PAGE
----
4. DO WHATEVER THE HELL YOU WANT — with whatever level of creative discipline your brain enjoys. Are you more of a blurter? Or a thinker? Do you like to edit your words carefully before you share or just toss ’em up there and see what happens? It’s your blog, so do what makes you happy. Me, I’m an editor by nature (not to mention by profession). I’m not saying I don’t post something unless it’s perfect; I just mean that instead of sitting down and drafting something and hitting “publish” right away, I let it marinate a bit. Your style can still be loose and candid, even if your approach isn’t slapdash. As a reader, I appreciate it when a writer takes the time put some care into whatever I’m taking the time to read, you know?

5. DO WHATEVER THE HELL YOU WANT — and be true to your own voice. You nailed it when you said, “I’d like to start writing more and finding out who else is awesome (i.e. gets me) in my social media world and maybe beyond.” It’s great to write just for yourself, but you’re right — there are good reasons to write things for others, too. We want to find our people. We want to be heard and understood by someone who says, “Me, too,” or “Oh, really?” or even, “That’s insane, but tell me more.” We want to be witnessed. (I still love how Ted Hughes described that.) So don’t fret about being “as [clever / eloquent / crazy / whatever] as [whoever else].” If you do what YOU want to do with your words, the people who dig it will hang around and you’ll have more fun.

It’s your site. It’s your brand-new can of Play-Doh, and you can make it into a blue giraffe with six legs if you want, and NO ONE CAN STOP YOU. It doesn’t have to be like anything else. Give it a theme or let it wander all over the place. It’s yours. Just start.

Anyway — thanks again for reaching out, and I hope you have a great time.

 * * *

So, that was that. Another piece of advice I give a lot is: Always wear gloves when handling habanero peppers, or when you accidentally scratch an itch on your eye you’ll get a terrible rash on your eyelid. Don’t ask how I know.

(PS: If anyone else has advice for S, feel free to chime in. I probably don’t know what I’m talking about.)

Lazy Trollop Burns Down House

September 14, 2015 § 20 Comments

I regret to admit that internet advertising works on me. I wish it weren’t true, but my brain forms a false familiarity with things it sees enough times, even in stupid sidebar ads. Like — oh hey, there’s the sassy gal with the work slacks that are also yoga pants, biking to the office under a clear autumn sky. She’s such a hard worker! There she is again, lunging effortlessly for her desk phone. So efficient! And there, rolling her chair across her office, uninhibited by plackets or seams. Smooth! Soon enough I’m thinking, maybe I need yoga work pants for my busy lifestyle, just like her.


I work in a bookstore, but I guess we could make room for yoga over near the spirituality section. Is “fitness reading” a thing? Maybe it’s one of those combos that’s catching on, like karaoke bowling or barbershop cinema or flowershop wine bars.

Honestly though, combination activities don’t appeal much to me, because I do not excel at multi-tasking. I tend to plow full-brain into one thing at a time. That might be why the ad for a slow-cooker really stuck with me. I saw it once. I saw it twice. I saw it a third time — and hey, there’s the slow-cooker again, filling that person’s kitchen with so much warm chicken-stew goodness while requiring so few simultaneous tasks. Think of it: one pot, a whole dinner! No juggling of multiple pans and calculating different cooking times. I’d never had one before (we were wed in the year of the rice steamer; I have four of those), but I began to feel the lack of this appliance in my life. I needed one.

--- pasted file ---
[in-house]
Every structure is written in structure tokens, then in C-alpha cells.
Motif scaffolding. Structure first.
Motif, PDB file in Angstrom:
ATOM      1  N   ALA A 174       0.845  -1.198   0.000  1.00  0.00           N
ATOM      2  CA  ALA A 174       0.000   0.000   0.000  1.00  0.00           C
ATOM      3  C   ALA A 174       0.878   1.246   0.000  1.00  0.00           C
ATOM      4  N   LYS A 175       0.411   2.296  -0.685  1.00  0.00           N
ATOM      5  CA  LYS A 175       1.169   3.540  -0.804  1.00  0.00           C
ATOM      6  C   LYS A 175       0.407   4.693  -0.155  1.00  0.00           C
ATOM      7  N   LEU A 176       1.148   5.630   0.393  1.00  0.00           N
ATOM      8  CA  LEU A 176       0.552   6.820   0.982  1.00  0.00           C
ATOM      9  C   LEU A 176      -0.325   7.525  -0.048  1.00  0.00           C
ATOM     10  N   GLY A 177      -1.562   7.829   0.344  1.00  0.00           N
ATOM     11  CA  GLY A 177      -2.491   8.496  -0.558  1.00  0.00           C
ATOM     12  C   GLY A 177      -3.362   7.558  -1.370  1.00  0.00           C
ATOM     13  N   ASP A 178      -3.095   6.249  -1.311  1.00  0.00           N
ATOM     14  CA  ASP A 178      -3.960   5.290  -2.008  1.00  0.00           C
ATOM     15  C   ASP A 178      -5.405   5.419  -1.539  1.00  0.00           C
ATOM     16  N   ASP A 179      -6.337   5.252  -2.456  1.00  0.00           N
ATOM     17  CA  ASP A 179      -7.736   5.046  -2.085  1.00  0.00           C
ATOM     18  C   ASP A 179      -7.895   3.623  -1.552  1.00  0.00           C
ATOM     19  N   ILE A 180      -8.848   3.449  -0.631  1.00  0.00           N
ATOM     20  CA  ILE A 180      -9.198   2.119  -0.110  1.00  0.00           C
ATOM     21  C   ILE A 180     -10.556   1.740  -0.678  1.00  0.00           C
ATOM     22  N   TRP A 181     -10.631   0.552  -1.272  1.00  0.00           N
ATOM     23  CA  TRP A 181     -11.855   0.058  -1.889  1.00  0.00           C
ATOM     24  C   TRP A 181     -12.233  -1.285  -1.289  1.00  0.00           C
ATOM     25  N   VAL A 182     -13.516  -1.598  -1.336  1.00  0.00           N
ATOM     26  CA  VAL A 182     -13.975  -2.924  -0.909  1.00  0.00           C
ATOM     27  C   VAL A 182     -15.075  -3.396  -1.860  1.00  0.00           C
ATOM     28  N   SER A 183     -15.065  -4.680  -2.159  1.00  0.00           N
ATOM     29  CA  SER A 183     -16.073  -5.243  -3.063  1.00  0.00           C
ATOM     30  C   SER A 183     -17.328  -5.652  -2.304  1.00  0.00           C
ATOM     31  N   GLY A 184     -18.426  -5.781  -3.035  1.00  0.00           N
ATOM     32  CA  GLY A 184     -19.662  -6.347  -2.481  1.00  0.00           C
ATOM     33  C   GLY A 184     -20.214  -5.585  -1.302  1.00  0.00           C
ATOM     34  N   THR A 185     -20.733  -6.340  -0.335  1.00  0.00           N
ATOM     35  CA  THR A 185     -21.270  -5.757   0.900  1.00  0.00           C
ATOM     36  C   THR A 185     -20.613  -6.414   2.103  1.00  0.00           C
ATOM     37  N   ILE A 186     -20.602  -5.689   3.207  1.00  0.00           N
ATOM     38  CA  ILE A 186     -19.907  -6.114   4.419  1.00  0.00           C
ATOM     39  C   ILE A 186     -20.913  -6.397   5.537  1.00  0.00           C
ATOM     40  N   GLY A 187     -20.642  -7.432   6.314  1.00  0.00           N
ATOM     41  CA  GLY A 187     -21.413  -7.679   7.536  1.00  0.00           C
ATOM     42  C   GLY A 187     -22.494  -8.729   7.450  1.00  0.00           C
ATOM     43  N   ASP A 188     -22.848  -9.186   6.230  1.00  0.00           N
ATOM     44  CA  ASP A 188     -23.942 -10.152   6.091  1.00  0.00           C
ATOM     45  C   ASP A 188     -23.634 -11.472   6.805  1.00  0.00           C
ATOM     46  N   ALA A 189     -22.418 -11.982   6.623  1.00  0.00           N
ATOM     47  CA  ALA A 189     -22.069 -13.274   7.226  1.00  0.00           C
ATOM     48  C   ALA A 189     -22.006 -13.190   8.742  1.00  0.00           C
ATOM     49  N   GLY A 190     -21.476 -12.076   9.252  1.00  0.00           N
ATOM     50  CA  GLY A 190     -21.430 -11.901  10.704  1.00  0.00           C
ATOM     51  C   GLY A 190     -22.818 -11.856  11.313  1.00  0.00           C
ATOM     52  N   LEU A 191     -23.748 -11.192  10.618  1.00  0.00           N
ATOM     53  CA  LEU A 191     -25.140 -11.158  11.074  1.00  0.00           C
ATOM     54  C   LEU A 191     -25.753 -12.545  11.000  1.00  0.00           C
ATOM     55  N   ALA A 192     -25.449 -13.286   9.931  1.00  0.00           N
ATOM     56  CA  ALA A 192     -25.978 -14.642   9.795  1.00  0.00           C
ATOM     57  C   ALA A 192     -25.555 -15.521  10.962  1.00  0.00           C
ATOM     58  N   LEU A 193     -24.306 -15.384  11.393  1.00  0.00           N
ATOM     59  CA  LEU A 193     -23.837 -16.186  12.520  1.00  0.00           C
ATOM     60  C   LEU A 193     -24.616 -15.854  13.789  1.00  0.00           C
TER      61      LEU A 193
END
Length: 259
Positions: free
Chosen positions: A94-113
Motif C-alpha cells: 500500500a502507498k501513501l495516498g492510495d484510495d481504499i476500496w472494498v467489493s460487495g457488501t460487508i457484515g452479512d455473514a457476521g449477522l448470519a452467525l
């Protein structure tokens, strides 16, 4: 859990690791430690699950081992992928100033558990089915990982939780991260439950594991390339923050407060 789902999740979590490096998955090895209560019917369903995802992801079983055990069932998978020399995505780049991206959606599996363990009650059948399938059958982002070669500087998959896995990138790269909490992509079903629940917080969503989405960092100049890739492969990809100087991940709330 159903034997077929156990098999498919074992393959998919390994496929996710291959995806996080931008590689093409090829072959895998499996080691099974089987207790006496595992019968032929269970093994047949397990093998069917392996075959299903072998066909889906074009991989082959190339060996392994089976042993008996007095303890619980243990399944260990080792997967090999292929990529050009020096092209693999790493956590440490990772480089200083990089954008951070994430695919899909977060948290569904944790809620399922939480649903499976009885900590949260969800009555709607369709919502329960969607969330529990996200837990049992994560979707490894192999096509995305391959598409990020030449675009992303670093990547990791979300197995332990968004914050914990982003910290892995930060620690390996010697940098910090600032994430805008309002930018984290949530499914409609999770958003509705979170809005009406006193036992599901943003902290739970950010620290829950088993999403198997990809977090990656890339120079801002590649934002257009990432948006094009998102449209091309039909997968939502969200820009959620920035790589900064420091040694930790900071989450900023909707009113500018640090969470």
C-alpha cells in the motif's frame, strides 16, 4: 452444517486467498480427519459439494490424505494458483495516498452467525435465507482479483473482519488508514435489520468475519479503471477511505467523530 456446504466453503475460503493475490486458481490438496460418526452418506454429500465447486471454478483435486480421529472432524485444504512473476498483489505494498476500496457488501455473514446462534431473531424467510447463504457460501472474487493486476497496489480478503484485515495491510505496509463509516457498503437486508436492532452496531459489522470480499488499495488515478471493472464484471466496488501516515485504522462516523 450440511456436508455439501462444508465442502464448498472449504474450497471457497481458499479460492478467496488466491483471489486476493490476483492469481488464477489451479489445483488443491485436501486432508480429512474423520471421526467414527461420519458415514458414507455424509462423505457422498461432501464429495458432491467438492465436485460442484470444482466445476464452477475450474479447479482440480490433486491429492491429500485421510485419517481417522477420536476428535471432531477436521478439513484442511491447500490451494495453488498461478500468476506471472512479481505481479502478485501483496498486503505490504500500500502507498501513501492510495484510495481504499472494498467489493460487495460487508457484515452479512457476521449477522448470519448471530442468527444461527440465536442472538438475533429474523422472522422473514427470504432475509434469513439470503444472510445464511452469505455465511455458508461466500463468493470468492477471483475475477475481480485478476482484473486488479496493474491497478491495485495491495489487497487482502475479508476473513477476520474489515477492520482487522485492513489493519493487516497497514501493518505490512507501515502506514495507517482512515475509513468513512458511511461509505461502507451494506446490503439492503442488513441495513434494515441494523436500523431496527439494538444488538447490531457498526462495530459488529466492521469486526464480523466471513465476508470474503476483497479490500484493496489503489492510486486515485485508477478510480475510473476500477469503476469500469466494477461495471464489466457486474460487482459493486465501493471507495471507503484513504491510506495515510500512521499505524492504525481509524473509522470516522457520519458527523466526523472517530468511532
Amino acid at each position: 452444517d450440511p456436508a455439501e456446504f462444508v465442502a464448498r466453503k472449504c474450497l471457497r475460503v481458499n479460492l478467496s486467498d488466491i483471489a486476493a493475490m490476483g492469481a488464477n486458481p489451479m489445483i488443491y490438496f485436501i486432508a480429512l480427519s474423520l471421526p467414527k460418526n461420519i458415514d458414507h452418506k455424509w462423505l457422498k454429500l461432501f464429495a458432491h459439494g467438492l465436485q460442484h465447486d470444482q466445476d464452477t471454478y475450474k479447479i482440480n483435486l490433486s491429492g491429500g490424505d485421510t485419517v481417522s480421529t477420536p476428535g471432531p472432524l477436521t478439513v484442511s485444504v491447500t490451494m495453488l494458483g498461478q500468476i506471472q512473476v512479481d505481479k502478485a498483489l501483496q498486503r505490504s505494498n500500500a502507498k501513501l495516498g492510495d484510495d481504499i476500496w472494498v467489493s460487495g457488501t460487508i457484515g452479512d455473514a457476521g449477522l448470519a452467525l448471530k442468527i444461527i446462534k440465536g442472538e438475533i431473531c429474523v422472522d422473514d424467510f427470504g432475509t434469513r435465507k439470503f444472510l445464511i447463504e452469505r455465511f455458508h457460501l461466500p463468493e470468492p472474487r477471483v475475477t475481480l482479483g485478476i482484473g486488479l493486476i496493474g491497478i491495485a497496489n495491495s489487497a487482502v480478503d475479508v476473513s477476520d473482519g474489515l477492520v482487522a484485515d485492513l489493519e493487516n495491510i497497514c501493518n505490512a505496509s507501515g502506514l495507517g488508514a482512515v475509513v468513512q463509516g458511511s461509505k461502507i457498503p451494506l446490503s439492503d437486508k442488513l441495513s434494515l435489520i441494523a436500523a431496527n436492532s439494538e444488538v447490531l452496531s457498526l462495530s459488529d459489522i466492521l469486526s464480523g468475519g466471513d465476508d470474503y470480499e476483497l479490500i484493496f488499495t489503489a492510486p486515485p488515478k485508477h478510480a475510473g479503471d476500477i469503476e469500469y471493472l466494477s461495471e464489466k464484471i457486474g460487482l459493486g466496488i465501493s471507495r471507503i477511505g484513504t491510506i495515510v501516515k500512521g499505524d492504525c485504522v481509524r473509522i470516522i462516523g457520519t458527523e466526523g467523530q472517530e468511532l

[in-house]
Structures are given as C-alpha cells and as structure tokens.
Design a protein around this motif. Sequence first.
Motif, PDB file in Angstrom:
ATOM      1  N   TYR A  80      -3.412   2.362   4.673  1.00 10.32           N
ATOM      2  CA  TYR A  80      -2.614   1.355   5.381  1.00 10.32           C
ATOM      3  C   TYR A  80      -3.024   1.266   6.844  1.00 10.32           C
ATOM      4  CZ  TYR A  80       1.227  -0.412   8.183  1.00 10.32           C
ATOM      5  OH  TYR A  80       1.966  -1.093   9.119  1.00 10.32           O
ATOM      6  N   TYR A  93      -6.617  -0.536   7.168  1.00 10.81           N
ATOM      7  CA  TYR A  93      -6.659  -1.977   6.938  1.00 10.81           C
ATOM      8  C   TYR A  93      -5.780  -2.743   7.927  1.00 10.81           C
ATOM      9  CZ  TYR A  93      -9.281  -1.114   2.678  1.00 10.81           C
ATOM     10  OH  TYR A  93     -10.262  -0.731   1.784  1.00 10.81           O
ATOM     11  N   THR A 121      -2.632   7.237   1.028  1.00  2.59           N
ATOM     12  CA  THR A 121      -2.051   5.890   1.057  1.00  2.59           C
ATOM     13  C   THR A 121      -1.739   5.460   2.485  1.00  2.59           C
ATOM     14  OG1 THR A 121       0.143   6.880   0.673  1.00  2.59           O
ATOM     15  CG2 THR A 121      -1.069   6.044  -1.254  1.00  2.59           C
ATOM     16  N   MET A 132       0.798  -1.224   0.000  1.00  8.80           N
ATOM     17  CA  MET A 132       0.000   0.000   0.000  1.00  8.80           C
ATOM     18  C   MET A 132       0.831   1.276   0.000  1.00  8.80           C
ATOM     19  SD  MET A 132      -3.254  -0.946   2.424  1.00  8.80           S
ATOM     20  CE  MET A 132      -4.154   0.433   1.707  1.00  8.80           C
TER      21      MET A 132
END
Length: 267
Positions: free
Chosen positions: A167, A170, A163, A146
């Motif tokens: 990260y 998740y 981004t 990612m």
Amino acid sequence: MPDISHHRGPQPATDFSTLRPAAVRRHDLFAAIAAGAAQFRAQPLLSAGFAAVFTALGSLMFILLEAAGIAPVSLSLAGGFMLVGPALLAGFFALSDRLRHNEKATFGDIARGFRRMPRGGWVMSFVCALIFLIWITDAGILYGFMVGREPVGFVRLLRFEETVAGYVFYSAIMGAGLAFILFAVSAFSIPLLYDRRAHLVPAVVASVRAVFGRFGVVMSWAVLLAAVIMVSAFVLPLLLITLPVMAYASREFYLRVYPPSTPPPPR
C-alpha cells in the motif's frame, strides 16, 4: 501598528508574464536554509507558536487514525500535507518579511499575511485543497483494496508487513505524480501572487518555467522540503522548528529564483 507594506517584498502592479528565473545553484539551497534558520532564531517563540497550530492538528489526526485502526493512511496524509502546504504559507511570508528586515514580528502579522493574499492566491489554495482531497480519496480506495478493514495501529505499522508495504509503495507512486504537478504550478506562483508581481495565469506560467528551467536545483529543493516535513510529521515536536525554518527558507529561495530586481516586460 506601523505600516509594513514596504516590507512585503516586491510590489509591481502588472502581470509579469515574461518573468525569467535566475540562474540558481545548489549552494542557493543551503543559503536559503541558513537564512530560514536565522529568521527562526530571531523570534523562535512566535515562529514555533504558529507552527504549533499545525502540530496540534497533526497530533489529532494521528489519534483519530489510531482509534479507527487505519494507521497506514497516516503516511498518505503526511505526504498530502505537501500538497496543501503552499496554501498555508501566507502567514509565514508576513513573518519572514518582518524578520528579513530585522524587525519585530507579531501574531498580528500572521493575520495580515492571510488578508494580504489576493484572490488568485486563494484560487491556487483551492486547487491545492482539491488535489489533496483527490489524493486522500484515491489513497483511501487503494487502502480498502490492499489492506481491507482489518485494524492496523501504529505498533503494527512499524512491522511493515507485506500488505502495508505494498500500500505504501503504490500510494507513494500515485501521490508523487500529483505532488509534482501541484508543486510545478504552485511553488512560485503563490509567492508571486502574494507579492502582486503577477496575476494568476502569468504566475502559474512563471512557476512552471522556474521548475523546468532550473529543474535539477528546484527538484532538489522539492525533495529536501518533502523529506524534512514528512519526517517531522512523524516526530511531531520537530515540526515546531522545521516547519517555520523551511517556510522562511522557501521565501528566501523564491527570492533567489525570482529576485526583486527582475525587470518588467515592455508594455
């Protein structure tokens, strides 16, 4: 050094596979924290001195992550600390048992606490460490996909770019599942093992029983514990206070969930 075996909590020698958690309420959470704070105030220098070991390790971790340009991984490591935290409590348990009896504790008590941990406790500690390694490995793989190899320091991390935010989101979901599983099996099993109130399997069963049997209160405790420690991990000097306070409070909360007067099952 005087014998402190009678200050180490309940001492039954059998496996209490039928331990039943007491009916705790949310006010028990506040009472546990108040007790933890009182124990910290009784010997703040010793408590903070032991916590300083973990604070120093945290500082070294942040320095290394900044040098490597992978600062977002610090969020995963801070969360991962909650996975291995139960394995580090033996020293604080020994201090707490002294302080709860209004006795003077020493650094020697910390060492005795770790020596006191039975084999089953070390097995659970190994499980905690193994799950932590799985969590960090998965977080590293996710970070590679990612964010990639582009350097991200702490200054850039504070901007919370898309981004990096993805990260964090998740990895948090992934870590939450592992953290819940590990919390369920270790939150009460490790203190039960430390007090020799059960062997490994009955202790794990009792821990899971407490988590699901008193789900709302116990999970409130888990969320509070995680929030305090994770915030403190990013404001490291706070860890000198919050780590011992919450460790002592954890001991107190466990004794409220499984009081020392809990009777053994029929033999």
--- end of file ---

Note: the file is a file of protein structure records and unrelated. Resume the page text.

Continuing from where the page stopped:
My problem was fear. The lady in the slow-cooker picture always looks ecstatic to inhale the aroma of her supper in her immaculately clean kitchen. She’s not at all afraid of a house fire, like I am. You’re supposed to put food in there, plug it in, and then walk away, letting it cook for hours while no one watches? And no one’s worried about fire? Whenever I see a piece on the news about a house fire, I always wonder if the unspoken story behind the story is that someone in that home started up a pork loin 8 hours earlier and then just left the damn thing sizzling on their countertop all day.

But after giving it a great deal of thought — as I do when talking myself into something — I decided maybe slow-cookers weren’t causing all those fires. I mean, if they were, we’d hear about it, right? I’m pretty sure women are the leading users of slow-cookers, and you know the media loves to pin things on women whenever they can. Worthless Female Refuses to Use Two Pots, Sets Fire to Kitchen. Or Shiftless Slattern Leaves Pot Roast Unattended, Ignites Cabinetry. God help you if you’re a working woman. Stone-wombed Career Gal Sets Condo Ablaze. And if it were me? Well, I’m a writer. So: Busy With Witchcraft, Songstress Ignores Flames.


The more I thought about it, the more I extra-wanted the slow-cooker, so I could use it to say “fuck all those stereotypes,” but well… when I finally surrendered to the ad and bought one, the first thing I cooked was grits. I know. Southern girl makes grits — how unique. I bet you wonder if I made collards next. No, I did not, but thank you for asking. Just an enormous vat of grits. (I do wish I had gotten the 3-quart model instead of the 6-quart, though. Six is too many quarts of food.)